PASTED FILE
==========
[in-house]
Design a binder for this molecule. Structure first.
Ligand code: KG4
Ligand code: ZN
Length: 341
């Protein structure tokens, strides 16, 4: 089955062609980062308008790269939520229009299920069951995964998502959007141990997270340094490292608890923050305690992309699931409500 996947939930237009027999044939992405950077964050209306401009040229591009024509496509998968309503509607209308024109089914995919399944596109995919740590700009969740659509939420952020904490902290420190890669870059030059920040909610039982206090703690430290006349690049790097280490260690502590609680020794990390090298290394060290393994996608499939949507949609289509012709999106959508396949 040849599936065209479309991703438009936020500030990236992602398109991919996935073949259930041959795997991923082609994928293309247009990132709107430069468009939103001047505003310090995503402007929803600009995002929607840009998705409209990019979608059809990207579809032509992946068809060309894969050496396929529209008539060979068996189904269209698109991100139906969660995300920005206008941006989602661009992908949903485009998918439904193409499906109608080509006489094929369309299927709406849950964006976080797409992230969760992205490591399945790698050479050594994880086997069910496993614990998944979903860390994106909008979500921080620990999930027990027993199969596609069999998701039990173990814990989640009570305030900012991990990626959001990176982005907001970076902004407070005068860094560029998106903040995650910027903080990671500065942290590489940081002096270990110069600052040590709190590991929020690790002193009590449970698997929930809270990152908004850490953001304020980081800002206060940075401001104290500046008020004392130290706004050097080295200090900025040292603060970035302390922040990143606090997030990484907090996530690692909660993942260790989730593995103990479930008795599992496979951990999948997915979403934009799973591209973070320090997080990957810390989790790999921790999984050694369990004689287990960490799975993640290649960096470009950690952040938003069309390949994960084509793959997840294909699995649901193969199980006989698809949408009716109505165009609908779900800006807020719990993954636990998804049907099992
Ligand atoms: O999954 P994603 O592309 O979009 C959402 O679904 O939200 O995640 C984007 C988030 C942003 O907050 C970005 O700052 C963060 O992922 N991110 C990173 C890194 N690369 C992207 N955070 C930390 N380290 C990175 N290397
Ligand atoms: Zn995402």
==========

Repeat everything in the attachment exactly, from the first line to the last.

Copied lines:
[in-house]
Design a binder for this molecule. Structure first.
Ligand code: KG4
Ligand code: ZN
Length: 341
């Protein structure tokens, strides 16, 4: 089955062609980062308008790269939520229009299920069951995964998502959007141990997270340094490292608890923050305690992309699931409500 996947939930237009027999044939992405950077964050209306401009040229591009024509496509998968309503509607209308024109089914995919399944596109995919740590700009969740659509939420952020904490902290420190890669870059030059920040909610039982206090703690430290006349690049790097280490260690502590609680020794990390090298290394060290393994996608499939949507949609289509012709999106959508396949 040849599936065209479309991703438009936020500030990236992602398109991919996935073949259930041959795997991923082609994928293309247009990132709107430069468009939103001047505003310090995503402007929803600009995002929607840009998705409209990019979608059809990207579809032509992946068809060309894969050496396929529209008539060979068996189904269209698109991100139906969660995300920005206008941006989602661009992908949903485009998918439904193409499906109608080509006489094929369309299927709406849950964006976080797409992230969760992205490591399945790698050479050594994880086997069910496993614990998944979903860390994106909008979500921080620990999930027990027993199969596609069999998701039990173990814990989640009570305030900012991990990626959001990176982005907001970076902004407070005068860094560029998106903040995650910027903080990671500065942290590489940081002096270990110069600052040590709190590991929020690790002193009590449970698997929930809270990152908004850490953001304020980081800002206060940075401001104290500046008020004392130290706004050097080295200090900025040292603060970035302390922040990143606090997030990484907090996530690692909660993942260790989730593995103990479930008795599992496979951990999948997915979403934009799973591209973070320090997080990957810390989790790999921790999984050694369990004689287990960490799975993640290649960096470009950690952040938003069309390949994960084509793959997840294909699995649901193969199980006989698809949408009716109505165009609908779900800006807020719990993954636990998804049907099992
Ligand atoms: O999954 P994603 O592309 O979009 C959402 O679904 O939200 O995640 C984007 C988030 C942003 O907050 C970005 O700052 C963060 O992922 N991110 C990173 C890194 N690369 C992207 N955070 C930390 N380290 C990175 N290397
Ligand atoms: Zn995402």